During step 204, a flowable material, illustratively a polymer such as polyethylene, is injected into inlet 303 of each second mold 302 and around core pins 256 and 258. Then, the material is allowed to cool. Finally, coupler 100 is removed from the molds 302 and core pins 256 and 258 are removed or withdrawn. The resulting molded waterway assembly 90 is shown in FIGS. 2 and 5. Because openings 150 in central body 106 of coupler 100 were exposed to the flowable material in the molds 302, bodies 102 and 104 of coupler 100 now fill openings 150.

Optionally, in step 206 of method 200, the molded waterway assembly 90 is cross-linked. For example, if the molded waterway assembly 90 is constructed of polyethylene during the first and second molding steps 202 and 204, the polyethylene of inlet tubes 20 and 22 and coupler 100 (which have not been cross-linked or have been only partially cross-linked) may be cross-linked during step 206 to form cross-linked polyethylene (PEX). While it is envisioned that any form of suitable cross-linking may be utilized to form the PEX of inlet tubes 20 and 22 and coupler 100, in one illustrative embodiment the polyethylene is cross-linked by bombarding it with electromagnetic (gamma) or high energy electron (beta) radiation.

In the illustrative embodiment, no subsequent machining operations are required to finish coupler 100. For example, no subsequent machining operations are required to prepare first valve interface 120 of coupler 100 to receive hot water valve 30 or to prepare second valve interface 122 of coupler 100 to receive cold water valve 32. Also, no subsequent machining operations are required to prepare outlet channel 118 of coupler 100 to receive outlet tube 42.

The illustrative method 200 involves overmolding hot water body 102 and cold water body 104 of coupler 100 around a previously formed central body 106 of coupler 100 and around inlet tubes 20 and 22. While the precise composition of inlet tubes 20 and 22 and coupler 100 are not required to be of any specified polymer, in general, there are several guidelines which are applicable in the practice of the illustrative embodiment. It is of course, recognized that the precise operating conditions utilized in the overmolding process are well-known in the art and are specific to each molded polymer. It is well within the skill of the art to determine the applicable conditions which will result in the appropriate inlet tubes 20 and 22 and coupler 100. Inlet tubes 20 and 22 and coupler 100 may be a thermoplastic or a thermoset. Illustratively, the polymer overmolded bodies 102 and 104 of coupler 100 should be capable of forming leak-proof bonds, either chemical or physical, with the polymer of the underlying inlet tubes 20 and 22 and with the polymer of the underlying central body 106 of coupler 100.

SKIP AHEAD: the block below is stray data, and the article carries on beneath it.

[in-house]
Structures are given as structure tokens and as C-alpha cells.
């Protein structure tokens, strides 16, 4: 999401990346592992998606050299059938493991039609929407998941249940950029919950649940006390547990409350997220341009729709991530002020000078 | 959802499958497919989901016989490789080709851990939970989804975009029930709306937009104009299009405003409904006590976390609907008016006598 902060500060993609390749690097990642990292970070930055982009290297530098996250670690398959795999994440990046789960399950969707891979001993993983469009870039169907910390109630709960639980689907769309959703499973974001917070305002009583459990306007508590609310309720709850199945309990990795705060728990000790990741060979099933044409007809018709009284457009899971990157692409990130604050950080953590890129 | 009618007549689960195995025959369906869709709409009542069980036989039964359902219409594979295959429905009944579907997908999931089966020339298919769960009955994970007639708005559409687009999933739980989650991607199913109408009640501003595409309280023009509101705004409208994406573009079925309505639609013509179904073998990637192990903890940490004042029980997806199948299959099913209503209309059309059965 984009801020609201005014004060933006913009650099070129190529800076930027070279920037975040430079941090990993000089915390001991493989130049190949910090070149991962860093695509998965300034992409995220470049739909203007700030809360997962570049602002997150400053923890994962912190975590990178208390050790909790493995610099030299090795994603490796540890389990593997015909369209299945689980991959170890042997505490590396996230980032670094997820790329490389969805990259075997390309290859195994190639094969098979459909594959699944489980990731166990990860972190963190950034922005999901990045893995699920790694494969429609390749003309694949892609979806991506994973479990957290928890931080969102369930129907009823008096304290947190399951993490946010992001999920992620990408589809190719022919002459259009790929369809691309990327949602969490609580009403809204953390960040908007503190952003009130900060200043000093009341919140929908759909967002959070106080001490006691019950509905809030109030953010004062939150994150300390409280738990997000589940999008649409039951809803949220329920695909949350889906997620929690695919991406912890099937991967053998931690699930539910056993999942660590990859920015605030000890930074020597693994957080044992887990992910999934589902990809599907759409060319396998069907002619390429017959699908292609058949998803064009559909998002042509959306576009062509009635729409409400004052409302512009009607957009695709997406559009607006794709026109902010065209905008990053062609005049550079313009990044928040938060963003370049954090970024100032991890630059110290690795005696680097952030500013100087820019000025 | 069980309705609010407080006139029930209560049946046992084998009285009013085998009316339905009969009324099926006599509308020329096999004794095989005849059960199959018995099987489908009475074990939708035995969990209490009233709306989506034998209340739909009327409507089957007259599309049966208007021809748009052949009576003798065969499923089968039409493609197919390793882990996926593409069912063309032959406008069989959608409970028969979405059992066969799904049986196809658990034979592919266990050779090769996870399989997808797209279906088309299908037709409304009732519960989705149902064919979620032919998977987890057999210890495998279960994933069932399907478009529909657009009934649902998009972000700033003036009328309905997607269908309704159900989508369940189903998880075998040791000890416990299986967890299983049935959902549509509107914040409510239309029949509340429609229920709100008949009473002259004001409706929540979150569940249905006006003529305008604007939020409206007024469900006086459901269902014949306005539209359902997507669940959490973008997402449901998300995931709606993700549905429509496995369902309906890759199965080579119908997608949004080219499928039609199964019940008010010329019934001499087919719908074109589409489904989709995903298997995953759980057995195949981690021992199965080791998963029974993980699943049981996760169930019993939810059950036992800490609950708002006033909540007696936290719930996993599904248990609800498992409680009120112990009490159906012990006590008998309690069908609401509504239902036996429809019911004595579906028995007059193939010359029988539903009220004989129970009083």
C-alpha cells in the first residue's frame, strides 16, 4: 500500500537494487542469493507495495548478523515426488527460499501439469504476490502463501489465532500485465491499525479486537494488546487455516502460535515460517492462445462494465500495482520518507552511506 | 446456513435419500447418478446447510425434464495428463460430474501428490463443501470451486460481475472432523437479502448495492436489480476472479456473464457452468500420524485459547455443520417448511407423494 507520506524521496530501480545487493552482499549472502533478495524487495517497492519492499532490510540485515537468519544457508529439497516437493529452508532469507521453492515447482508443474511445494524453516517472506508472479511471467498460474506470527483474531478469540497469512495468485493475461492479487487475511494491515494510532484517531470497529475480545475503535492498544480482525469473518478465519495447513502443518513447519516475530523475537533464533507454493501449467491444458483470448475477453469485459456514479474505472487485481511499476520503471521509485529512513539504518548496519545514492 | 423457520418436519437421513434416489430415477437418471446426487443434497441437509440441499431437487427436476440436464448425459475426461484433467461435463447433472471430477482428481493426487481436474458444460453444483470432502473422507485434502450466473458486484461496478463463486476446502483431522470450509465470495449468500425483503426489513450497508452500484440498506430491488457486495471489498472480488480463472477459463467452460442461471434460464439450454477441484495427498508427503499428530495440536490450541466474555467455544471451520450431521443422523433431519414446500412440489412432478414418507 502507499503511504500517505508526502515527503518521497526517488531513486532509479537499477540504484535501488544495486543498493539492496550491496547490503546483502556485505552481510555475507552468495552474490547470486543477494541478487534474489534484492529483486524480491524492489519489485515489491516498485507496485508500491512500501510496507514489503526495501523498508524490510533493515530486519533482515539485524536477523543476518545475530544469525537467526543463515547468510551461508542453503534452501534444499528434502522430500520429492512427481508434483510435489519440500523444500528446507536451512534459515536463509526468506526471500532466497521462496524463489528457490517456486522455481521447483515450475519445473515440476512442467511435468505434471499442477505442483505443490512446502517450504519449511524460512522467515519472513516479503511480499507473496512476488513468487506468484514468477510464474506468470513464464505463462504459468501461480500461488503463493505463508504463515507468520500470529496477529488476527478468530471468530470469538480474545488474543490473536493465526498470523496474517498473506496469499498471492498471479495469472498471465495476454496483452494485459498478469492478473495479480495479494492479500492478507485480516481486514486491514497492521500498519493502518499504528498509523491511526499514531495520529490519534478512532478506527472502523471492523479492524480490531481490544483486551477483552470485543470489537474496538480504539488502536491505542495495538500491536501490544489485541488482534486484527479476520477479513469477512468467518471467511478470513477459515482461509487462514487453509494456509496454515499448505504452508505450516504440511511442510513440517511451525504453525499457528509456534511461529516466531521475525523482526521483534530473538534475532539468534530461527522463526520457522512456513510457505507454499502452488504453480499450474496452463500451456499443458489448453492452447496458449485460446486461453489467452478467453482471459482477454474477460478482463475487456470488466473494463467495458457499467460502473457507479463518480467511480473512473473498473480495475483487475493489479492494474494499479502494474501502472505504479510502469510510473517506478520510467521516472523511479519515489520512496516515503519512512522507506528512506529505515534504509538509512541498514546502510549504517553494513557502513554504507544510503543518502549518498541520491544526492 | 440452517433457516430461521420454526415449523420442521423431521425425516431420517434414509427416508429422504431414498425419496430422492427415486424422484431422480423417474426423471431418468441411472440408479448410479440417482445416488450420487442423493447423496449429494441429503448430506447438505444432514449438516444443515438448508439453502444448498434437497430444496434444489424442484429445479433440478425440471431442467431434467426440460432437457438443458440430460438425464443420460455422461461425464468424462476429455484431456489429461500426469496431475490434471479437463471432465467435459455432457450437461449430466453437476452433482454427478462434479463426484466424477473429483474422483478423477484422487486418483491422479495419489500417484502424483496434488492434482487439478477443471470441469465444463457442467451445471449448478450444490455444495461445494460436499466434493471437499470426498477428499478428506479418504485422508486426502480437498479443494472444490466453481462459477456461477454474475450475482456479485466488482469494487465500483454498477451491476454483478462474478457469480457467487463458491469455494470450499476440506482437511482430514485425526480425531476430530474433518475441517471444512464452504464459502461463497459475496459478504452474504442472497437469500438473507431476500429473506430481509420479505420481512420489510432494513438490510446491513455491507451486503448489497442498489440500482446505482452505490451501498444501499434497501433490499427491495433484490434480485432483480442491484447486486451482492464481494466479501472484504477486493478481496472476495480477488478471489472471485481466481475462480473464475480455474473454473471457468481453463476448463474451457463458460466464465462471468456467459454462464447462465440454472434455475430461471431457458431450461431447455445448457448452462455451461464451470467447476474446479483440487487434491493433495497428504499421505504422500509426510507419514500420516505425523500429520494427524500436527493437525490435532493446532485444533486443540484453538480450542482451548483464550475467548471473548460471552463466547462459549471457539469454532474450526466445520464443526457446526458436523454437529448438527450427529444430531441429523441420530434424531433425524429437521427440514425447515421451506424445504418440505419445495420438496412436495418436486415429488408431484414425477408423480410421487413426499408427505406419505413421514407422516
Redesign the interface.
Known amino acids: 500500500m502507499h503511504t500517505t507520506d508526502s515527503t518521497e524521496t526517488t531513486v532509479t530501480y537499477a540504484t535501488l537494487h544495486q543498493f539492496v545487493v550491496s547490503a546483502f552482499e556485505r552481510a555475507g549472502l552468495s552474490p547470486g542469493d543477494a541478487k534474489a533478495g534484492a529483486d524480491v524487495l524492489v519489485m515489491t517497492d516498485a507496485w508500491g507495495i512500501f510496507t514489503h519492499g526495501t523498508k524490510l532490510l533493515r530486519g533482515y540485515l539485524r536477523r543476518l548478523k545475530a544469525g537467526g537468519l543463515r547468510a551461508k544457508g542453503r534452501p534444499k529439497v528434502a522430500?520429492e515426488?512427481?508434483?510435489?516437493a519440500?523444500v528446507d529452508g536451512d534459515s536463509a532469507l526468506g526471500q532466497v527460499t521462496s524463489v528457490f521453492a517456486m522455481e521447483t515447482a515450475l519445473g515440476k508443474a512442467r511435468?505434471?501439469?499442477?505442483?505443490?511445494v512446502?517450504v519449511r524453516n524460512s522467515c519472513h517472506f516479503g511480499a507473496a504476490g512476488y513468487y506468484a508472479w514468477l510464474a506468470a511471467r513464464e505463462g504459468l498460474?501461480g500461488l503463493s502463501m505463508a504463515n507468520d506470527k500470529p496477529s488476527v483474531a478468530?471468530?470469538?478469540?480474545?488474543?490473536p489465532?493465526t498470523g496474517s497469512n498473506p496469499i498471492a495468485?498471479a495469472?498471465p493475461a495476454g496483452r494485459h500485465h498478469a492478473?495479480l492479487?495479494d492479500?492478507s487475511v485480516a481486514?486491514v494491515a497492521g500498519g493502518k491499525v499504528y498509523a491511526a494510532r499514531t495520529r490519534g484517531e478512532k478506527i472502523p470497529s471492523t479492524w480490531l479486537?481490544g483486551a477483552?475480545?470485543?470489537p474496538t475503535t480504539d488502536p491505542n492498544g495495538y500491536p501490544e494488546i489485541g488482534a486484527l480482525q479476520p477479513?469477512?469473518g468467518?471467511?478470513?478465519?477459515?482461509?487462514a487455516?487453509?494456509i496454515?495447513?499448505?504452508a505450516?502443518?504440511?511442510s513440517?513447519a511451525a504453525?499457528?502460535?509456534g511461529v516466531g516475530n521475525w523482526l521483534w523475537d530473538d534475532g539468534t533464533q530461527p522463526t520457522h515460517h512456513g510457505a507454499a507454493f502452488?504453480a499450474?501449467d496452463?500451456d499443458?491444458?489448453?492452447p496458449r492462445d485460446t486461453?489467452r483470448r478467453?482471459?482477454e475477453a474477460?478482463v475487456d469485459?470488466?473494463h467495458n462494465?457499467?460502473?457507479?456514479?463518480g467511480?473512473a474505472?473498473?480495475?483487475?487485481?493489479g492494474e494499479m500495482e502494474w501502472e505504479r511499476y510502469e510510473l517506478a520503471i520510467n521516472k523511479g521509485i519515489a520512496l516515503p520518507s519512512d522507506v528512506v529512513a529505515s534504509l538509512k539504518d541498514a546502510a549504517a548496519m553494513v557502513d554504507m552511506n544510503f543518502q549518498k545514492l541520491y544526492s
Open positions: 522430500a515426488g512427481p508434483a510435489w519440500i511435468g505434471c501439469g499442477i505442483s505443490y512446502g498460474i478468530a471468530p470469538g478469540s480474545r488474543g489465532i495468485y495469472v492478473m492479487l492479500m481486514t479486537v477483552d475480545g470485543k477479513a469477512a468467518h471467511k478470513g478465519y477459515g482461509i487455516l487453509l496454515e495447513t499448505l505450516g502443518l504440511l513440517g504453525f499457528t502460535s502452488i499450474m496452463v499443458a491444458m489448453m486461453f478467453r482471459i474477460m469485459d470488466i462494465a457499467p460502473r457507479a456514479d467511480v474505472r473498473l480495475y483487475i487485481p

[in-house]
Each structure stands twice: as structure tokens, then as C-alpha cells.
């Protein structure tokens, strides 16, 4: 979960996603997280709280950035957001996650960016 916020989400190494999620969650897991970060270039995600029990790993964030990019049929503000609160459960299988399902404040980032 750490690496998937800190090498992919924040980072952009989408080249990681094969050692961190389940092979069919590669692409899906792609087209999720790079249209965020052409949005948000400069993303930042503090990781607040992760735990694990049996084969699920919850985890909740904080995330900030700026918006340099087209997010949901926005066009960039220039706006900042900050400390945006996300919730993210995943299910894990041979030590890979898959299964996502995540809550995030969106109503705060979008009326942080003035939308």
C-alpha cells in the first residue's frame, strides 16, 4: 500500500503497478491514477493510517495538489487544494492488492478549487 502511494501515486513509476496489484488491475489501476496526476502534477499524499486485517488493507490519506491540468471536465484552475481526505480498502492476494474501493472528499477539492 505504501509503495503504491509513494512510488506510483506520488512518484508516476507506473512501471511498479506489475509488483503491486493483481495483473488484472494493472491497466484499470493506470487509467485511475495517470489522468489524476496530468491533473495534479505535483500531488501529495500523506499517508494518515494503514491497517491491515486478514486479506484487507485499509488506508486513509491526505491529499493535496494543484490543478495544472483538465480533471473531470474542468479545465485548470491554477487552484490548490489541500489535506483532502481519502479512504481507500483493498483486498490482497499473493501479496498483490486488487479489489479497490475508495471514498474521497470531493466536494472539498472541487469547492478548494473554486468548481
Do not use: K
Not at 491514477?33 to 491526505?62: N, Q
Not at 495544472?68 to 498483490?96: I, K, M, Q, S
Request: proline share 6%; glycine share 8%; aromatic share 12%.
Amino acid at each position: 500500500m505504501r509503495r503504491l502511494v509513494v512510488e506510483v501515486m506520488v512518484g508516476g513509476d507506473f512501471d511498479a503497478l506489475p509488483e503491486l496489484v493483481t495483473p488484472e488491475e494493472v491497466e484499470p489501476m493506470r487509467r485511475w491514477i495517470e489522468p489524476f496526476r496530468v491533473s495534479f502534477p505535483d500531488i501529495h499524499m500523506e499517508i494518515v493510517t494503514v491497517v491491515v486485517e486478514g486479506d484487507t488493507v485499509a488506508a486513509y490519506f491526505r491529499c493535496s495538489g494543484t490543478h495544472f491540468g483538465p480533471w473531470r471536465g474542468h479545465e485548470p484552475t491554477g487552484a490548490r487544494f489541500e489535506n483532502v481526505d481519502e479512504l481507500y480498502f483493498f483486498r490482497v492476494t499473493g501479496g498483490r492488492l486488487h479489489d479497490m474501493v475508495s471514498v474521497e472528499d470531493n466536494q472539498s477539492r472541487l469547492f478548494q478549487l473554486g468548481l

Illustrative and non-limiting examples of the polymers which may be used in various combinations to form the underlying inlet tubes 20 and 22 and central body 106 of coupler 100, as well as polymers which may be used in the overmolding process to form bodies 102 and 104 of coupler 100, include: polyacetals, typically highly crystalline linear thermoplastic polymers of oxymethylene units; poly(meth)acrylics, typically belonging to two families of esters, acrylates and methacrylates; polyarylether ketones containing ether and ketone groups combined with phenyl rings in different sequences and polyether ketones; polyacrylonitrile resins wherein the principal monomer is acrylonitrile; nylons or polyamides, including various types of nylon-6, nylon-6/6, nylon-6/9, nylon-6/10, nylon-6/12, nylon-11, nylon-12; polyamide-imides formed by the condensation of trimellitic anhydride and various aromatic diamines; polyacrylates of aromatic polyesters derived from aromatic dicarboxylic acids and diphenols; polybutene resins based on poly(1-butene); polycarbonates, typically based on bisphenol A reacted with carbonyl chloride; polyalkylene terephthalates typically formed in a transesterification reaction between a diol and dimethyl terephthalate; polyetherimides, based on repeating aromatic imide and ether units; polyethylene homopolymers and copolymers, including all molecular weight and density ranges and degrees of crosslinking; polypropylene homopolymers and copolymers; ethylene acid copolymers from the copolymerization of ethylene with acrylic or methacrylic acid or their corresponding acrylate resins; ethylene-vinyl acetate copolymers from the copolymerization of ethylene and vinyl acetate; ethylene-vinyl alcohol copolymers; polyimides derived from the aromatic diamines and aromatic dianhydrides; polyphenylene oxides including polystyrene miscible blends; polyphenylene sulfides; acrylonitrile butadiene styrene terpolymers; polystyrenes; styrene-acrylonitrile copolymers; styrene-butadiene copolymers thermoplastic block copolymers; styrene maleic anhydride copolymers; polyarylsulfones; polyethersulfones; polysulfones; thermoplastic elastomers covering a hardness range of from 30 Shore A to 75 Shore D, including styrenic block copolymers, polyolefin blends (TPOS), elastomeric alloys, thermoplastic polyurethanes (TPUS), thermoplastic copolyesters, and thermoplastic polyamides; polyvinyl chlorides and chlorinated polyvinyl chlorides; polyvinylidene chlorides; allyl thermosets of allyl esters based on monobasic and dibasic acids; bismaleimides based generally on the condensation reaction of a diamine with maleic anhydride; epoxy resins containing the epoxy or oxirane group, including those epoxy resins based on bisphenol A and epichlorohydrin as well as those based on the epoxidation of multifunctional structures derived from phenols and formaldehyde or aromatic amines and aminophenols; phenolic resins; unsaturated thermoset polyesters including those of the condensation product of an unsaturated dibasic acid (typically maleic anhydride) and a glycol, wherein the degree of unsaturation is varied by including a saturated dibasic acid; thermoset polyimides; polyurethanes containing a plurality of carbamate linkages; and urea and melamine formaldehyde resins (typically formed by the controlled reaction of formaldehyde with various compounds that contain the amino group).